January term will go to committee

Ashlee Clark

The month-long winter break can sometimes be too long to stay at home for Courtney Mills.

Mills, a Carrollton freshman, said a three-week January term would be a good way to get ahead academically and to have something to do during the break.

Academic Affairs will set up a committee on Thursday to look at a January term.

The January term is not going to be considered for 2005, Provost Barbara Burch said during the University Senate meeting on Thursday. Some programs may be created for 2006.

Registrar Freida Eggleton, who will chair the committee, said the members will soon be appointed.

The committee will be composed of members who represent different areas that would be affected by a January term, Eggleton said.

She said the committee will be discussing creative ways to offer courses during a January term.

The committee will consider offering study abroad opportunities or online courses for students in January, Burch said.

“Certainly, one of the goals is to offer courses that students want or need,” Eggleton said.

In the proposed schedule, five minutes would be added to classes for the January term and the summer term would be shortened to 12 weeks.

John Bradley, president of the Student Government Association, said the January term would be a good opportunity for students to study abroad, volunteer or participate in a short internship.

Bradley said his only concerns about the additional term are the effects of schedule changing on non-traditional students and financial aid for students studying in January.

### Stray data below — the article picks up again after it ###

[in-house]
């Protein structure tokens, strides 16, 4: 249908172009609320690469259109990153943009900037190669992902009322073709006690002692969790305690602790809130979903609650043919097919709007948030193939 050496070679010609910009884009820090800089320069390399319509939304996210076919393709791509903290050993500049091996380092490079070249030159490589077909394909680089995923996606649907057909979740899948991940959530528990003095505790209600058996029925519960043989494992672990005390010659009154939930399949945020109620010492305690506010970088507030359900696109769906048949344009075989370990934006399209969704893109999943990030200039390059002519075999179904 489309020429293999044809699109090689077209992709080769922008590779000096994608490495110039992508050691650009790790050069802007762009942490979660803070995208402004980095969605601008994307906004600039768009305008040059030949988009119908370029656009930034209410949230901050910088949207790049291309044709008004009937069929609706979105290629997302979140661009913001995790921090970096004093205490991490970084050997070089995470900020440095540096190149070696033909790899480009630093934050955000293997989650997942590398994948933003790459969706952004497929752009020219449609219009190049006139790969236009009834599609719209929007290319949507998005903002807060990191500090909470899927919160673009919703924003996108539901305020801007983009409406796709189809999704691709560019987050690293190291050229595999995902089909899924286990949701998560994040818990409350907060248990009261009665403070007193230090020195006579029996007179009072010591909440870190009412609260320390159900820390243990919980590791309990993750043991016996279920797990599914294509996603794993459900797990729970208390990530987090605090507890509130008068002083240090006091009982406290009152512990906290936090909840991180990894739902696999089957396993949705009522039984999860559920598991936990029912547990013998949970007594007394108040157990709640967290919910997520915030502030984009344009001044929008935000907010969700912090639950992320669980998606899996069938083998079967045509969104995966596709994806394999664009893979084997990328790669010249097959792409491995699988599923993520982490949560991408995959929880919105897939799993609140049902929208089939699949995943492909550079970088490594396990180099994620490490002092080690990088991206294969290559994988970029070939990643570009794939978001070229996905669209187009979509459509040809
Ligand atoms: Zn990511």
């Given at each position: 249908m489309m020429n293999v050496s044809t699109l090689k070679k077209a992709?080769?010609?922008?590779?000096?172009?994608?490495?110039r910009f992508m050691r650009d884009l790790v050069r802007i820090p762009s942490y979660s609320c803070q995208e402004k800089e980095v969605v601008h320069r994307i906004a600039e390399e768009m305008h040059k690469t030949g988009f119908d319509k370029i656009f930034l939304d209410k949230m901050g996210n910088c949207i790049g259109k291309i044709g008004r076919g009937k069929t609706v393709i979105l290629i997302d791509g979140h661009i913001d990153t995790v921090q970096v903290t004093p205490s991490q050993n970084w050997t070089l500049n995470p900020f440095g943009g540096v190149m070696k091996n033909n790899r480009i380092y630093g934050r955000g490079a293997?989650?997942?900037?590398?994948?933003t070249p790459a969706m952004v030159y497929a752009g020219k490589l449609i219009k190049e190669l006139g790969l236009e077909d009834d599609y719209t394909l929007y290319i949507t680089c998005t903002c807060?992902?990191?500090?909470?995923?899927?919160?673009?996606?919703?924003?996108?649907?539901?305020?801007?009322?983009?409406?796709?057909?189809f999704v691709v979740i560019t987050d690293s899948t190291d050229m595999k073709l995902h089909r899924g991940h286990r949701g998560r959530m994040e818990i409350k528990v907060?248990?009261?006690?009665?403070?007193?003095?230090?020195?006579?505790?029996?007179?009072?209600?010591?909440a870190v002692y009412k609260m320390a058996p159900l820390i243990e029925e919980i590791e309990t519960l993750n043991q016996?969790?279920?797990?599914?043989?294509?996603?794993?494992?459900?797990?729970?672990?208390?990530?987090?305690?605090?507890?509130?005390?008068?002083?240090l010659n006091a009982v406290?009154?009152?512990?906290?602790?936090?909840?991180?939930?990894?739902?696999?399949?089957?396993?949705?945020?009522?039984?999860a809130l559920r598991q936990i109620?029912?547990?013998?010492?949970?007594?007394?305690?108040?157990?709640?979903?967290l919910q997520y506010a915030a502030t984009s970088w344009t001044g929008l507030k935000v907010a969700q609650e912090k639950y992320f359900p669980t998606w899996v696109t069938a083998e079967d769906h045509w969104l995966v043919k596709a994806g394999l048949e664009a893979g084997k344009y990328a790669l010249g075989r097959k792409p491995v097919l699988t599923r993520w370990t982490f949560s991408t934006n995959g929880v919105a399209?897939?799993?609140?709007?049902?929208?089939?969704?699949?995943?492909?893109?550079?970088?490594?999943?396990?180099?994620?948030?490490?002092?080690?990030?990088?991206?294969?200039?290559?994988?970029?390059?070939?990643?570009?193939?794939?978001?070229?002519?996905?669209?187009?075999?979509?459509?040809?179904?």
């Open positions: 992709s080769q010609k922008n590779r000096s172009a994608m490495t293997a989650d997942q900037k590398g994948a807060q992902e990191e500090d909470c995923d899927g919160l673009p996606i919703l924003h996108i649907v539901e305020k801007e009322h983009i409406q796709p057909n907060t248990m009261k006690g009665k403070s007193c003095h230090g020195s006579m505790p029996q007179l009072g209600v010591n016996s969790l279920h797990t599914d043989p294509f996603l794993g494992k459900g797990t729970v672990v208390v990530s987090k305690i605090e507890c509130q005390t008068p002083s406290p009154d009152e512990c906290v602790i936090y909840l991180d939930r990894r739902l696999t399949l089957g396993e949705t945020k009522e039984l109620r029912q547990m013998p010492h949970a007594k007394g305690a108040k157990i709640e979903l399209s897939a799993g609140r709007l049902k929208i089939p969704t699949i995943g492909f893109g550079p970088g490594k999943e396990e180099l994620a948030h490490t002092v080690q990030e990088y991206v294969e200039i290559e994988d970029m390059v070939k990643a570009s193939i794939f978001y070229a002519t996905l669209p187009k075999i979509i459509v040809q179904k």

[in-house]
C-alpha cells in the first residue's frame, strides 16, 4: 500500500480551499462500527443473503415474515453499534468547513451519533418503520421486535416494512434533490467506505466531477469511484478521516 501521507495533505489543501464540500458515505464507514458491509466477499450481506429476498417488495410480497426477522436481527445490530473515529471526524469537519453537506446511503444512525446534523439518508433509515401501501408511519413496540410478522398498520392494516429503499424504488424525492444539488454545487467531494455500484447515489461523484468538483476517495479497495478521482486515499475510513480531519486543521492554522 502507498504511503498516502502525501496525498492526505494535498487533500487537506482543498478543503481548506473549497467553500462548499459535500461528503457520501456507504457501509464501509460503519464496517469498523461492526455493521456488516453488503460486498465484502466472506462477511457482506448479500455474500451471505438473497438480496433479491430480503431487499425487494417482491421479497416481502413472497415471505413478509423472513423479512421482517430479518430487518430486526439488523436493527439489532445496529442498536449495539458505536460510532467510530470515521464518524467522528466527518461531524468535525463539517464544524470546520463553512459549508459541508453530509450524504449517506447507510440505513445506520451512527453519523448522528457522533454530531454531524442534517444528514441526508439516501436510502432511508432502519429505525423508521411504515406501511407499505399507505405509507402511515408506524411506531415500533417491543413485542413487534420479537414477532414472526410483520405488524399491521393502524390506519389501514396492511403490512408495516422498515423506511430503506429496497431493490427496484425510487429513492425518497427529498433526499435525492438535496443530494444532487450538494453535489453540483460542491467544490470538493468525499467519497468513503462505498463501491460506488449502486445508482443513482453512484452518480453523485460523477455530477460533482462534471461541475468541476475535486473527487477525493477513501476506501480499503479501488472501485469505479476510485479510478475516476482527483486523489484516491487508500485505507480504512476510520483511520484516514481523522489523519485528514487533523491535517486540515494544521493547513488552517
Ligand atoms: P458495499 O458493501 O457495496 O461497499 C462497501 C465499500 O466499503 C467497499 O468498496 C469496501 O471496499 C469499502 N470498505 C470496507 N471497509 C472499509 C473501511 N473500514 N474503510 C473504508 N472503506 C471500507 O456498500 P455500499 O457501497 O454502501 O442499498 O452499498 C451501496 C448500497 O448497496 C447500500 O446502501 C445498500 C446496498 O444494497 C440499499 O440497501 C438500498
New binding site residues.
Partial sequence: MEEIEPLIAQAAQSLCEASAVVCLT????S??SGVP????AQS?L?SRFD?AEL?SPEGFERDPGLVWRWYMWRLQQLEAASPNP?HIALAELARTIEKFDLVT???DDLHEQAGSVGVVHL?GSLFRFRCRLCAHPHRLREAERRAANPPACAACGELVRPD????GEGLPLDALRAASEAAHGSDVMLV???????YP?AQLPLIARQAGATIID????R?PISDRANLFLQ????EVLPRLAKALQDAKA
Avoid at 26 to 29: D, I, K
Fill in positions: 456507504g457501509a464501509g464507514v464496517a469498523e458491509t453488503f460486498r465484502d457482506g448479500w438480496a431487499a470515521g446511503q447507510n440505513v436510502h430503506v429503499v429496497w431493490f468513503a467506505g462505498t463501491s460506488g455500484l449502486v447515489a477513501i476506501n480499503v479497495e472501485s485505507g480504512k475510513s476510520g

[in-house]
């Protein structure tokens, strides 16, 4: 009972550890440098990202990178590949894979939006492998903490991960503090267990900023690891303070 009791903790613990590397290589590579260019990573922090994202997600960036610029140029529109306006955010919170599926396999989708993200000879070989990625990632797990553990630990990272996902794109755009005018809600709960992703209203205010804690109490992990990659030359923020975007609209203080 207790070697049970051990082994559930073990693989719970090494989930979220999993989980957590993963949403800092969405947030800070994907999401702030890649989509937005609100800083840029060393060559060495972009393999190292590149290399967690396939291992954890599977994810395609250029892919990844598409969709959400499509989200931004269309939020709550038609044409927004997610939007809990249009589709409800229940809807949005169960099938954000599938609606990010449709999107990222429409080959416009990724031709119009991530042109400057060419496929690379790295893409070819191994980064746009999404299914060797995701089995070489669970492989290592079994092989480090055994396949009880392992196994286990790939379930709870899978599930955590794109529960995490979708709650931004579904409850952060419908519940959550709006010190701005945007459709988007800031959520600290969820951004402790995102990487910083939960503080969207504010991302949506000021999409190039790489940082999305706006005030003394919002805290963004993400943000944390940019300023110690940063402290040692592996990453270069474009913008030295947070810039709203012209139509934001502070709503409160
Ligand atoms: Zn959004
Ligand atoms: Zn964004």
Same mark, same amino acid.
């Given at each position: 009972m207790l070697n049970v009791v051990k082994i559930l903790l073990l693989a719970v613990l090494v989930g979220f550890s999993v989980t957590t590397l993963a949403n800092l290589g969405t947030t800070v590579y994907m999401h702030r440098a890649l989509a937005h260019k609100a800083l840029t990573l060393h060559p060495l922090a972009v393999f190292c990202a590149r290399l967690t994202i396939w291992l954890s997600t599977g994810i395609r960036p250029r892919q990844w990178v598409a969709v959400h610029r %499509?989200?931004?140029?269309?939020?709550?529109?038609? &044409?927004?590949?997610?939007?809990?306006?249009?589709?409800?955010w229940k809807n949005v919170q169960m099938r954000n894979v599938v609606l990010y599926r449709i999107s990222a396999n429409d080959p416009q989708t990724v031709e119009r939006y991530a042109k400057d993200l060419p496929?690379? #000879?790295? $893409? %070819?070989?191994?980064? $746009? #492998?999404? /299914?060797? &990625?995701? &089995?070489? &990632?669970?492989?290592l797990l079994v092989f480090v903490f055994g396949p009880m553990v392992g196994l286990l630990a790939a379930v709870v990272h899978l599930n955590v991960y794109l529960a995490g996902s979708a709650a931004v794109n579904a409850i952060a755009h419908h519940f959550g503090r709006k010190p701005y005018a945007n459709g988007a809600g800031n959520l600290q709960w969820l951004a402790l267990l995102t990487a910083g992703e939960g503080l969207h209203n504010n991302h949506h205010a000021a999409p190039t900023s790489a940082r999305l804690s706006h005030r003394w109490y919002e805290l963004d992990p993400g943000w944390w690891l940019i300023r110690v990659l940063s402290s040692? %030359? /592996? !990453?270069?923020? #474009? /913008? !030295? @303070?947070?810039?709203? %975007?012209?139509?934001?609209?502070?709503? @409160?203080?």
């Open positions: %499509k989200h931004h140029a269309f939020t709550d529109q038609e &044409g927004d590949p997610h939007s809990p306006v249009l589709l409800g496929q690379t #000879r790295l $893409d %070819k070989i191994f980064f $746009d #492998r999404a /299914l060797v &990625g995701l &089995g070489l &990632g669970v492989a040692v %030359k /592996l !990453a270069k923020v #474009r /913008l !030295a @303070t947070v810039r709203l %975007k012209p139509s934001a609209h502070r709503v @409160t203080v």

Some issues to be considered by the committee include housing and food services for students.

Eggleton said the committee will identify ways to minimize the impact on those services.

Some students would like the addition of a January term.

Nashville sophomore Katie Hart said she would take winter classes if she were financially able.

She said she would prefer the January term to a summer class because she would have more time for a summer job.

“I think it would be beneficial to people who would want a few extra hours or don’t like the long break,” she said.

In other business

Members of the ad hoc committee on academic quality were chosen following the senate meeting. The committee, which will make a recommendation on plus/minus grading by March, will include Paducah junior Hollan Holm; senate Vice Chair Jim Berger, assistant professor Michelle Hollis; Patricia Minter, general education committee chair; economics professor Brian Strow; Danita Kelley, professor of consumer and family sciences; Topnet Services Coordinator Nelda Sims; and math professor Sherrie Serros.

Representatives from the graduate school, the provost’s office, Advising and Retention Office, Office of the Registrar and another student representative have not yet been selected.

Reach Ashlee Clark at [email protected]